Friday, May 24, 2024

After getting their Cambridge Youth Business diplomas, teens visiting from China and Taiwan get a dance lesson for “The Great East Meets West Youth Cambridge Sock Hop” on Monday in Porter Square’s Masonic hall. (Photo: Imagix)

There were plenty of reasons 76 future entrepreneurs from China and Taiwan wrapped up their visit as part of Cambridge Youth Business with a dance.

While the bass of the music and occasional applause thundered from the basement banquet hall of the Masonic hall in Porter Square, co-founder Rich Maaghul explained that when these teens become entrepreneur they won’t need just ideas — they’ll need the social skills to help sell those ideas. The dance also served as a celebration for the diplomas just granted the kids. And they were, after all, kids.  They’d traveled to America, taken courses at Harvard University, and deserved some fun before flying back Tuesday.

Finally, “The Great East Meets West Youth Cambridge Sock Hop” served as a good metaphor for how the youth of an economic powerhouse such as China will engage with Americans, especially those from Cambridge, and 10 local youth were also downstairs at the dance serving as mentors, hosts and dance partners.

The program, founded just a few months ago, isn’t just for Chinese students, and it’s not just for students from abroad; it’s also quickly becoming a major partner for Cambridge Public Schools’ out-of-school programs, a way to inspire local kids to keep up the innovation for which their hometown is already famous.

“This is a high-end, global approach. For Cambridge kids this is going to be huge — to meet kids from other countries and learn from each other,” said Susan Richards, the out-of-school-time coordinator for the city’s Agenda for Children. We were excited “when these guys popped up with their program. There really aren’t many of these kinds of opportunities.”

Forty Cambridge middle-schoolers will begin the five-day-a-week after-school program starting Sept. 14, Maaghul said, and he and Richards believed the partnership could grow quickly from there.

“This is the 21st century. School shouldn’t end at 3 p.m., or end in June,” said Richards, who thought local nonprofits would benefit from Cambridge Youth Business’ professional know-how as much as the kids would benefit from its entrepreneurial courses.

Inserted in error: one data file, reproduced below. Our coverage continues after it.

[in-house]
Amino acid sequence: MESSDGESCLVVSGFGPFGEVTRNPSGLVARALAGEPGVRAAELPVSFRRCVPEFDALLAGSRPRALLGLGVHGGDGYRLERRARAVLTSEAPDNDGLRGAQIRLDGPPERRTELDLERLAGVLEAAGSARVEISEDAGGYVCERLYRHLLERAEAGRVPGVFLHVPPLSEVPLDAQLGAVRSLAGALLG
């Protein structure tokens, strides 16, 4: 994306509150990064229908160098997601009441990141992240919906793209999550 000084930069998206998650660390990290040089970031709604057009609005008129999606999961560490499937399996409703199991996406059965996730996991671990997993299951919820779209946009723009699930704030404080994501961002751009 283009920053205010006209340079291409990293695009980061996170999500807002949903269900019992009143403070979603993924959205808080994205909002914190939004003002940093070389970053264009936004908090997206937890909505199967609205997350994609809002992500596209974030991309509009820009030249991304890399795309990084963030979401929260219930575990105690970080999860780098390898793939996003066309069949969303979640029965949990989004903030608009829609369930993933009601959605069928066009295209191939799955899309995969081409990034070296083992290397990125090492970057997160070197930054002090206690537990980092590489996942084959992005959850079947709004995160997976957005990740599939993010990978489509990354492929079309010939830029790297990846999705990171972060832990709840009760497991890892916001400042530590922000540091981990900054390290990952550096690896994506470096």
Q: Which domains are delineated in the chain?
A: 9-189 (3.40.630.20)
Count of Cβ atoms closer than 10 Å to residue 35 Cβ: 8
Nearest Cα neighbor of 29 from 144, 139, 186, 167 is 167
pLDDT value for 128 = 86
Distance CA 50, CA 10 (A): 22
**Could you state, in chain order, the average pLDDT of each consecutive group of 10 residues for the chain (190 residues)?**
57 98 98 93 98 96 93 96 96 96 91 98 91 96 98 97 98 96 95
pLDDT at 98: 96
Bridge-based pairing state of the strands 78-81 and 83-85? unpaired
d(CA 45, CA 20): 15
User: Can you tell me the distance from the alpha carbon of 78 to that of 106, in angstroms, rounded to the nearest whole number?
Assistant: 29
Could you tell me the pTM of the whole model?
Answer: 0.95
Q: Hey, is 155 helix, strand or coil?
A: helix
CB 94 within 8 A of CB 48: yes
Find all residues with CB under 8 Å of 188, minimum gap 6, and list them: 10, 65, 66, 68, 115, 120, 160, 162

And soon the opportunities will start as young as 9 years old and extend to 18, Maaghul said.

“We want to get them while they’re young,” he said, describing courses that include instruction at Harvard and the Massachusetts Institute of Technology to show kids how to come up with entrepreneurial concepts, create a business plan and secure funding.

Founded with Antonio Reyes, billed by the group as director of Latin American operations for the CBN/Family Channel Network, and John Sortino, founder and former CEO of the Vermont Teddy Bear Co., the organization is looking at rapid expansion, Maaghul said, bringing in 480 kids for each three-day and five-day accelerator program in the summer months and adding a January program in 2014. By 2016, the organization plans to be in five markets, growing from Cambridge to California’s Stanford, then to Columbia in New York, the Wharton School of Business in Philadelphia and finally to George Washington University in Washington, D.C.

“We wanted to take this throughout the country. But even if we go to other locations, it’s always going to be Cambridge Youth Business. Our base is here,” Maaghul said.

Many Cambridge kids will participate through scholarships and be subsidized by the accelerator programs. It’s another advantage to the public school district working with a for-profit program run by business people who know how to secure corporate backing, Richard said. One such backer: the Boston-based b.good burger chain, which sells Toscanini’s ice cream, has a Harvard Square location and was co-founded by a Harvard grad. Another b.good co-founder, Jon Olinto, spoke briefly at the event, as did city councillor Leland Cheung — who drew cheers from the kids by speaking in rusty Chinese before explaining his involvement with the business: “I got involved because I know how important entrepreneurship is for our city. We have the highest density of entrepreneurship anywhere.”

“Yuan or dollars, commerce will unite us,” Reyes said afterward.

While it’s the home of the founders, Cambridge is also the perfect place to start because one in 10 kids from China say they want to go to Harvard, said Sortino, who serves as president. (Maaghul is chief financial officer and Reyes is executive director.)

On Monday, each of the young entrepreneurs came away from the ceremony and dance with a diploma saying they’d done just that: attended courses at Harvard. The Chinese parents paying for the program consider it an investment in getting into a good university, and the students are enthusiastic for several reasons.

“I’ll use this knowledge in later life,” said Ren Yanlin, a student from a private school in Taiwan. Speaking excitedly through a translator while clutching his Cambridge Youth Business diploma, he praised his teachers at Harvard and explained that he already has an entrepreneurial idea: a grocery store that sells goods from around the world to China’s growing middle class, satisfying some of the same internationalist curiosity that brought him to Cambridge.

“I’ve learned a lot about American culture,” he said, noting “the diversity of American culture and the beautiful sightseeing.”

The whole experience, he said, “will help a lot with my goals.”